So now Donald Trump’s gone and done something serious. Bummer.
But actually, don’t sweat it, because if you look a little more closely and the tax plan he unveiled Monday, you’ll see it isn’t very serious at all: one more piece of evidence that to Republicans, when it comes to tax cuts, deficits truly don’t matter. He’d reduce the top marginal rate to 25 percent on dollars earned above $300,000 (for a married filer); it’s now 39.6 percent on dollars earned above $450,000. And he’d dramatically increase the number of people who pay no tax at all (but I thought Republicans were angry at these people and wanted them to pay more!).
The nonpartisan tax experts haven’t run the numbers yet, but they will soon, assuming there’s even enough detail in the proposal for them to try, and I expect that when they do, we’ll see what we always see with GOP tax proposals—it won’t add up, because they never do. And when confronted with these numbers, Trump, like Mitt Romney and George W. Bush and a parade of Republican candidates before him, will say these geeky little experts don’t know what they’re talking about because he’ll unleash the growth that’s been suffocated for the last eight years and the federal coffers won’t even be able to hold all the revenue that will roll in and life will be a dream.
Yada yada yada. But there is something interesting about Trump’s proposal: He wants to eliminate the carried interest provision that gives the hedge-fund guys a much lower tax rate than the rest of us. Right now, they often earn many millions every year and supposedly pay a rate of around 24 percent.
Jeb Bush is for doing this too. So that’s two major GOP candidates (we still calling Bush major?) who are for a tax increase. And not just any old tax increase. One that would soak the rich! Isn’t this awesome?
Actually, no. Well, wait. Yeah, I mean, ever since Warren Buffet put it so starkly a few years ago by saying how ridiculous it is that he pays a lower tax rate than his secretary, sure, fixing this has been a matter of basic decency. The loophole is an absurd scam. It would be great to close it on principle.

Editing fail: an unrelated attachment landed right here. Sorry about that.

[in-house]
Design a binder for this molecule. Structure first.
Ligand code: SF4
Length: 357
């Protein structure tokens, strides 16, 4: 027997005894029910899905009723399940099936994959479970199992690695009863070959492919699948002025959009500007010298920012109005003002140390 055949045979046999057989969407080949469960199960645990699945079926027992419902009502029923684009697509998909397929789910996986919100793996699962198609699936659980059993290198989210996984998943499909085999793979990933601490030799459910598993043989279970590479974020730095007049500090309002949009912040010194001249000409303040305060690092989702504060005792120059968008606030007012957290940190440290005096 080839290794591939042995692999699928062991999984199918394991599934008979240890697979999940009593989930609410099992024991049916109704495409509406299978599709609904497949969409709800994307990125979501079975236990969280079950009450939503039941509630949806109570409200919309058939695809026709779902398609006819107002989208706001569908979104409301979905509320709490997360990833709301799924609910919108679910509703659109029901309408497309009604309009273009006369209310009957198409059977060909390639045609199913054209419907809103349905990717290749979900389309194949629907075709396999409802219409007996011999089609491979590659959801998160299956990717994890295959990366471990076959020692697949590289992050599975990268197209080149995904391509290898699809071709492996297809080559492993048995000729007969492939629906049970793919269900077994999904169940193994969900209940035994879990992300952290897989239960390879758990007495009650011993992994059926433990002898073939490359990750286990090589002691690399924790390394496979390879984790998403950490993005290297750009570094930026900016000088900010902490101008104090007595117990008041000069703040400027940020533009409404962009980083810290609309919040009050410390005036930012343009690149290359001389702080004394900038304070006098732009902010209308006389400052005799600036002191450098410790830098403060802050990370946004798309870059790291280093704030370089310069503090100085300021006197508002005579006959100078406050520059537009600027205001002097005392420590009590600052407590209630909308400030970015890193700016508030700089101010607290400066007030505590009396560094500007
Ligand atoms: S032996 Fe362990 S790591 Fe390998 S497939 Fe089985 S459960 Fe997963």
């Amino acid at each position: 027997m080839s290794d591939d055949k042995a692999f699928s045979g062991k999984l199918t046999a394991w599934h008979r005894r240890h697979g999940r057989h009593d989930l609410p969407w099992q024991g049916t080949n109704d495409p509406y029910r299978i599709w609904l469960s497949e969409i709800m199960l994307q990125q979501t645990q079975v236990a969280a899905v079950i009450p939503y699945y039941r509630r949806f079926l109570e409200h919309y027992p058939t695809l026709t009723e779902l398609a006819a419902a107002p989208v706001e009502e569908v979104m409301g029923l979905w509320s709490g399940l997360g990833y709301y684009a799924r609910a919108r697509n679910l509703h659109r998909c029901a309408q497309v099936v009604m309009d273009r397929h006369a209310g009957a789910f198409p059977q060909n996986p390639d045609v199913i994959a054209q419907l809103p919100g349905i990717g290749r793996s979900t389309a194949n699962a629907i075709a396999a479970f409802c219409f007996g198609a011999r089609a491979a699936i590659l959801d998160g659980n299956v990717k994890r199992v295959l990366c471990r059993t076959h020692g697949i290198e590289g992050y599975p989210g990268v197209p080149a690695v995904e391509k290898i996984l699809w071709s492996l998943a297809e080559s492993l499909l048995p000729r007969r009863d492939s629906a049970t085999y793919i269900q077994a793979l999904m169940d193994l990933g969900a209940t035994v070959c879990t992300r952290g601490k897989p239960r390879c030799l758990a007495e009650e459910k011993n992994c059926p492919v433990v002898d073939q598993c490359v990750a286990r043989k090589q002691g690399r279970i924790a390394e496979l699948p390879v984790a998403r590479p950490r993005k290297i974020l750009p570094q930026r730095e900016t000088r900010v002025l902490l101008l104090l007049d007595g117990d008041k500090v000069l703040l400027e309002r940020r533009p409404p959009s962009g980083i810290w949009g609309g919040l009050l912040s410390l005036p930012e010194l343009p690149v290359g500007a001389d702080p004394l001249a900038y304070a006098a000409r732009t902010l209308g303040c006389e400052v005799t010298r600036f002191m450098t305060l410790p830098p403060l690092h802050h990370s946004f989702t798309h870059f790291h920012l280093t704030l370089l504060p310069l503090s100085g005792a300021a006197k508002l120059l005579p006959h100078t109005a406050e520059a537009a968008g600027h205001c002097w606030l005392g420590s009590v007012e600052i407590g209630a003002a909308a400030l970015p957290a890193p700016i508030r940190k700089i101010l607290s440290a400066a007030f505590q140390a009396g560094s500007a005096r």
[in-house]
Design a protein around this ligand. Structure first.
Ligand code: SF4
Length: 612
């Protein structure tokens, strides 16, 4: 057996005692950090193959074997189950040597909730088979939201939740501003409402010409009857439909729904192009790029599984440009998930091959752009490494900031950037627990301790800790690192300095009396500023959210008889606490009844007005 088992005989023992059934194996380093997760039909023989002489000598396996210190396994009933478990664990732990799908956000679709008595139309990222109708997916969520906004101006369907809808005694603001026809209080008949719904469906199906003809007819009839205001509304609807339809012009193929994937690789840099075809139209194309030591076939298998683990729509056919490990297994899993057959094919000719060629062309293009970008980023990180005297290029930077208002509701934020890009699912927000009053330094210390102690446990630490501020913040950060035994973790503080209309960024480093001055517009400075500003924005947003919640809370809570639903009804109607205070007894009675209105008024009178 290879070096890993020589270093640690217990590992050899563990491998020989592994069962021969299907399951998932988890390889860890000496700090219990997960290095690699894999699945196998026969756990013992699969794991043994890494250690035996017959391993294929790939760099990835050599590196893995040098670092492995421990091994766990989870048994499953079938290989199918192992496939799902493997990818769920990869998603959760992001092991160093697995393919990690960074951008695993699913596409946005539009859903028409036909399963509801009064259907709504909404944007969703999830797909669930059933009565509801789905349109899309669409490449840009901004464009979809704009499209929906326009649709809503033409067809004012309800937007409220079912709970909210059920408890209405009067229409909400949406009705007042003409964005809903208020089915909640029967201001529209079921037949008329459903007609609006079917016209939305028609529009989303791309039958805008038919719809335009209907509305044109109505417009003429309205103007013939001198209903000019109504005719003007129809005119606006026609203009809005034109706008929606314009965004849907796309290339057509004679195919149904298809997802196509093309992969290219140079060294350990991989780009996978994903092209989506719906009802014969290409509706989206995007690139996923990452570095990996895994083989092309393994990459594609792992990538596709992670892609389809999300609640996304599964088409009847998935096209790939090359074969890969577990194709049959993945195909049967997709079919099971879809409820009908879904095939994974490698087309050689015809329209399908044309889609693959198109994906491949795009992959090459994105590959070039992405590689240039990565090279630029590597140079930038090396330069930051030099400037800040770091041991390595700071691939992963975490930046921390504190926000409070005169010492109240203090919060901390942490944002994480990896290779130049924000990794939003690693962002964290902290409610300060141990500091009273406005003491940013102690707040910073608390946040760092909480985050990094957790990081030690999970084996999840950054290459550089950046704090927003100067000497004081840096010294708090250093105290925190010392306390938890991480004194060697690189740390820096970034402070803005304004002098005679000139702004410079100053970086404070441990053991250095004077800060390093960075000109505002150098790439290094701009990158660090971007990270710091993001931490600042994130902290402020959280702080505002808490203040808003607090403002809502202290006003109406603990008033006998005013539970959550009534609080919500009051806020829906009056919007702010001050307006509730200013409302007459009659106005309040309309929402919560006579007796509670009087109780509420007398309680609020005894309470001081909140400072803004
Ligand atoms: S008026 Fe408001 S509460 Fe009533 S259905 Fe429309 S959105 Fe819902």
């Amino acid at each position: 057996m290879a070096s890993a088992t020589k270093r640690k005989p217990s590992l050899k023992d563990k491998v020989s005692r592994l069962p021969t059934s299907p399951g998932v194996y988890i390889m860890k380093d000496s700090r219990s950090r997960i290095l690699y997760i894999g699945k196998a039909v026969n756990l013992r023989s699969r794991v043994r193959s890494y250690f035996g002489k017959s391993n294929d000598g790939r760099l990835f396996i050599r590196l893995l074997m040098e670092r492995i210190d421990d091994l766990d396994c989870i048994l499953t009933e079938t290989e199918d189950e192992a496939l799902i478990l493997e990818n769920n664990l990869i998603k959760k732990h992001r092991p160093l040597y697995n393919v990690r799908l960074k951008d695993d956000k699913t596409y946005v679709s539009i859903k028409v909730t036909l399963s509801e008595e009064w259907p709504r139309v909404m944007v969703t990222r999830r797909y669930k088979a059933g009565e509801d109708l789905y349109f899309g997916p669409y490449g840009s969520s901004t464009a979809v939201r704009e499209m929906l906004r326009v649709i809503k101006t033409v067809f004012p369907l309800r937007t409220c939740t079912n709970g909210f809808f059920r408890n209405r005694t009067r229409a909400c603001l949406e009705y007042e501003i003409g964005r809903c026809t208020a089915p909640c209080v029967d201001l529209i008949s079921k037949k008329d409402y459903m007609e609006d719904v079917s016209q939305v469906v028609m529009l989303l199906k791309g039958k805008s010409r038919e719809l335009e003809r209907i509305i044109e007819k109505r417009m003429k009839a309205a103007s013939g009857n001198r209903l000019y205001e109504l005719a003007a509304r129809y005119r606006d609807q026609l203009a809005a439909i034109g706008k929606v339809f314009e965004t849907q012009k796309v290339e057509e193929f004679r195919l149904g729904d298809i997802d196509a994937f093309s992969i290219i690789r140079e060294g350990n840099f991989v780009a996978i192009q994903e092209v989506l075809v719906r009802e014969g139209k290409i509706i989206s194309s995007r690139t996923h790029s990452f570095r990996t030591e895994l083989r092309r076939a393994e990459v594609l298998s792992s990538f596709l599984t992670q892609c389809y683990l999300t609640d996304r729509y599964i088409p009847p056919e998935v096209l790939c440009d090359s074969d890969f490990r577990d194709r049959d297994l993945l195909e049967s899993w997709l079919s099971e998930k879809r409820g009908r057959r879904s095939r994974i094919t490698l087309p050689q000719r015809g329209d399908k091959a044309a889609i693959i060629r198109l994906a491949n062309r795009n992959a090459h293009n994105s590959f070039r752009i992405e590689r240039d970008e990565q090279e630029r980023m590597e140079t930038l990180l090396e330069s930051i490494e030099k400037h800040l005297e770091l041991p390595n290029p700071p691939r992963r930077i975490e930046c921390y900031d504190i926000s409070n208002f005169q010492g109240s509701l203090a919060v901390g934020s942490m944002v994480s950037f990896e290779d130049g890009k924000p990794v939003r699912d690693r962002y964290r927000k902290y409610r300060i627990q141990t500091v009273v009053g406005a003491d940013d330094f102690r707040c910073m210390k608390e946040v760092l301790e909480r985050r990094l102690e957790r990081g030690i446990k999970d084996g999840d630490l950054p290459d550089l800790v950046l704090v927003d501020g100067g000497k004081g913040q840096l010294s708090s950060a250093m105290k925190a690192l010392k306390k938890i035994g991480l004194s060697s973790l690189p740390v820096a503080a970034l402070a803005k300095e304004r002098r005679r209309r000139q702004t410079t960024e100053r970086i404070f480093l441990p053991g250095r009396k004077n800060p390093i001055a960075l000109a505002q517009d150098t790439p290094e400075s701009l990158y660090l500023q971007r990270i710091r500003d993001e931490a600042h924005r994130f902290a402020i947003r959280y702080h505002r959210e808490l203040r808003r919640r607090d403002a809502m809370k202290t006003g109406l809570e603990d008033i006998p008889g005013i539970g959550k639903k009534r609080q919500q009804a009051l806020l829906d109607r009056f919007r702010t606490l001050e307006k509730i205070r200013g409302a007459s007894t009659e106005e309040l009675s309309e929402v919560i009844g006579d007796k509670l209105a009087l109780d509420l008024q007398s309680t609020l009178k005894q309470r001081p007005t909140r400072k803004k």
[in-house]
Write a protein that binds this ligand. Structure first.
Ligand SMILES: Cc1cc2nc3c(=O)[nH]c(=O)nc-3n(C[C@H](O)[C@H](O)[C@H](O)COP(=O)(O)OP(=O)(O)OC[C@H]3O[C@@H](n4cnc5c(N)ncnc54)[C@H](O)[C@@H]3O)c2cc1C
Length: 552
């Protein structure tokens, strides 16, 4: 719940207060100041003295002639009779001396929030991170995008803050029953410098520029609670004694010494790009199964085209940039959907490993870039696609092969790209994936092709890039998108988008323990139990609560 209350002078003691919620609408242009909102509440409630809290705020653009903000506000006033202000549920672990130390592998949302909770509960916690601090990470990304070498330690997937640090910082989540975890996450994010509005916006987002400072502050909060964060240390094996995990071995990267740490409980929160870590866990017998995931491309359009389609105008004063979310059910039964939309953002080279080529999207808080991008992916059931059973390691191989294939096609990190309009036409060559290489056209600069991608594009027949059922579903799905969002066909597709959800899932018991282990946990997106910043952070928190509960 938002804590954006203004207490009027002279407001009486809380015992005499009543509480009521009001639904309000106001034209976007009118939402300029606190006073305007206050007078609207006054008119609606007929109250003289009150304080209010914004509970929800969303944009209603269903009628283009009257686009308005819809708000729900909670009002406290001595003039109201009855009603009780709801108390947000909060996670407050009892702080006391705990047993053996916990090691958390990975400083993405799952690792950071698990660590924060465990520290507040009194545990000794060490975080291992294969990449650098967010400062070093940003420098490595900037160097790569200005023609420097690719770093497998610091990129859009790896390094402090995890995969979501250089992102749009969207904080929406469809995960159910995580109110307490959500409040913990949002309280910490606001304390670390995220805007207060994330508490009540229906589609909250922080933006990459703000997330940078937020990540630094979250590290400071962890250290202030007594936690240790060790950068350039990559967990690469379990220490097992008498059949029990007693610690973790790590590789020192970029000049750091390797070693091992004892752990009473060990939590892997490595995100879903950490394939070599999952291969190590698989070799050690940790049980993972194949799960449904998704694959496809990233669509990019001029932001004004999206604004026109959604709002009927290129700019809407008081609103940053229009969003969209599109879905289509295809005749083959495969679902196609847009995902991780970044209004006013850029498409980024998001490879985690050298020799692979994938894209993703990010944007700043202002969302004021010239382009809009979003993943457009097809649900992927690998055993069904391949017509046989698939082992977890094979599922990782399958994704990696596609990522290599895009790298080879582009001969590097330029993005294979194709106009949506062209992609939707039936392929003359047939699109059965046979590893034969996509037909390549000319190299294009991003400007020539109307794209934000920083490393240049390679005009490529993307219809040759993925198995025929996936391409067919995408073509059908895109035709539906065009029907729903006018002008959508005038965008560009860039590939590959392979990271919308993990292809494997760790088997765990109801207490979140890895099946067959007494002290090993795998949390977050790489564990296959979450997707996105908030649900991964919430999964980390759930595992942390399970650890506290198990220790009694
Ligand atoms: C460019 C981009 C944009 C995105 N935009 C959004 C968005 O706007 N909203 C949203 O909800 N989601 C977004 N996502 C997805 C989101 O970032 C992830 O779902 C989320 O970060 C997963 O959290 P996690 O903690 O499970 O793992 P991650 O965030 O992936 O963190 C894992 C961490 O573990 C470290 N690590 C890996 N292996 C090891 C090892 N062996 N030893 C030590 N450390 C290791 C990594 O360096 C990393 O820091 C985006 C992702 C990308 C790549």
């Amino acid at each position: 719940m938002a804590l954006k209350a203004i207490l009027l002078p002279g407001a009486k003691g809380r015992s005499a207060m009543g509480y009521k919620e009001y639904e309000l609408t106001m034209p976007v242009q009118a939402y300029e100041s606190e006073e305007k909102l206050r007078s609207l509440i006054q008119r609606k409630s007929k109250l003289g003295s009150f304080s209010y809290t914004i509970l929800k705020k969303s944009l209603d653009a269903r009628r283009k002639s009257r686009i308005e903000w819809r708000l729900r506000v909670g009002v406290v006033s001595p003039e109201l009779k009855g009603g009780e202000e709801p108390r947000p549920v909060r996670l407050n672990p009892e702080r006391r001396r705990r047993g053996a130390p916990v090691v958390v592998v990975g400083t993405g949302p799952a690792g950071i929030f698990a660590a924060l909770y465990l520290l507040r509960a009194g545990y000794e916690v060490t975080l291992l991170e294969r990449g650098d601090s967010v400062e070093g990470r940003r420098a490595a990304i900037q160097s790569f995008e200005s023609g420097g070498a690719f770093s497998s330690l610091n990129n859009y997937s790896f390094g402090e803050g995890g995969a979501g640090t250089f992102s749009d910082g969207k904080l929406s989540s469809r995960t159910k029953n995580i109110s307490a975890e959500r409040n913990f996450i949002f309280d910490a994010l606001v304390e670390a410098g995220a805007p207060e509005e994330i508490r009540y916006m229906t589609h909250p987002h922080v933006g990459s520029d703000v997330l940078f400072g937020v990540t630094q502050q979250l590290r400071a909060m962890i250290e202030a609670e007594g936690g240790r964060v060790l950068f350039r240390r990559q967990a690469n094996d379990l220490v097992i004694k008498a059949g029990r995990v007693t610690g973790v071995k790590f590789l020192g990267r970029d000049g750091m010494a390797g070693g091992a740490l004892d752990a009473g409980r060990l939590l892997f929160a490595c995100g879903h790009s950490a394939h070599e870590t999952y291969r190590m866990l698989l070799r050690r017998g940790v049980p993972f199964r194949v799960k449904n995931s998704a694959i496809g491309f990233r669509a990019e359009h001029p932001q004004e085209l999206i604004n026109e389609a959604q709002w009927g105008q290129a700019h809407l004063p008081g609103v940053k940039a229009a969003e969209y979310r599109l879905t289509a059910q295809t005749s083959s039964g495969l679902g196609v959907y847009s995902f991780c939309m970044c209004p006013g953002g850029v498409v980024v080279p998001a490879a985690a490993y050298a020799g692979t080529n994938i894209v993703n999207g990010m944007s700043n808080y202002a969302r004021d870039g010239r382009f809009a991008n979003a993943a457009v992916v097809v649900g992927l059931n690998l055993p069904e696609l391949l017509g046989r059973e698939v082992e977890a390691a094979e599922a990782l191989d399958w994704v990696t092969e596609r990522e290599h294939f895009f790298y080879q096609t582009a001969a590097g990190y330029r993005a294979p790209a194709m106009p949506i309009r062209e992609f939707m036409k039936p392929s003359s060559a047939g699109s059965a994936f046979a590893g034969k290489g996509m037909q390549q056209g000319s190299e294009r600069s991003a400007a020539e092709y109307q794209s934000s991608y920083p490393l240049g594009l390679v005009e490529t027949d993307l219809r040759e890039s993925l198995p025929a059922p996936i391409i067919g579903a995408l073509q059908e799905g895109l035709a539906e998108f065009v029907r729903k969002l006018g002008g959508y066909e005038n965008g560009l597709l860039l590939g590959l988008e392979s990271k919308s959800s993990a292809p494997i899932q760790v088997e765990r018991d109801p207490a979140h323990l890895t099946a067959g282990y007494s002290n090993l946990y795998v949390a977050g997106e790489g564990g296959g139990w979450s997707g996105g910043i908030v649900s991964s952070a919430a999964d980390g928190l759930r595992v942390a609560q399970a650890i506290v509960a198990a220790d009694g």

But the problem is that it would make almost no difference to the United States Treasury. According to the Tax Foundation, closing the loophole for hedge-fund managers and private-equity partners, the two groups who take advantage of it now, would bring in a paltry $1.3 billion a year in revenue. By comparison, the estate tax that Trump and Bush both promise to eliminate brings in around $24 billion a year.
And in fact, Trump’s loophole fix wouldn’t bring in even $1.3 billion, because there’s a key difference between his proposal and Bush’s. As noted above, the lower rate is paid by two groups, hedge-fund managers and private-equity partners. Trump would have the new, higher rate apply only to hedge-funders, not PE people. Bush’s would make people in both categories pony up. Trump hasn’t explained why, but I imagine he would say that PE people are making longer-term investments that at least (hopefully) contribute to the economy, while hedge-funders just traffic in short-term profit maximization. They’re the people he means when he says things like these guys just push paper around.
So with Trump’s plan at least, we’re talking about a few hundred million dollars a year into the Treasury. Meanwhile, he cuts the top rate from 40 to 25 percent. Bush would cut the top rate to 28 percent. Both would also reduce the top capital gains tax rate by a few points, would completely eliminate the inheritance tax, and would do away with something called the Alternative Minimum Tax, which limits the extent to which high-income earners can reduce their tax bills through deductions and exemptions. There’s a lot more along these lines. In fact, Josh Barro of The New York Times wrote that Trump’s proposal would still cut the tax bills of many hedge-funders because it would not subject all their income to the 39.6 percent rate.
OK, let’s get out of the weeds now. The point is this. Because the carried-interest loophole gets a lot of press, and because nobody likes hedge-fund guys to begin with, lots of even pretty well-informed people think that closing this loophole constitutes the wielding of a mighty sword of economic justice. It is that in principle, but in practice it’s nothing. Comparative pennies in the grand scheme of things. So Republicans like Trump and Bush can go around saying “Hey, look at me, I wanna tax the rich guys!”, and the media will buy it, while in fact they’re doing the opposite.
This is why Grover Norquist of Americans for Tax Reform, the leading conservative cop on the tax-increase beat, is just fine with all this. He gets the perception. “Doing carried-interest [repeal] permits rate reduction,” Norquist told me Monday. “So I’d say that’s a fine change.”
Democrats are partly to blame for how poorly all this is understood. Barack Obama and Hillary Clinton and Bernie Sanders and (almost) all of them thunder about the Buffett Rule and the nasty hedge-funders because they’re an easy mark. But they don’t do a very good job of going on to explain that eliminating the loophole doesn’t amount to much. Well, I say it’s time to start explaining.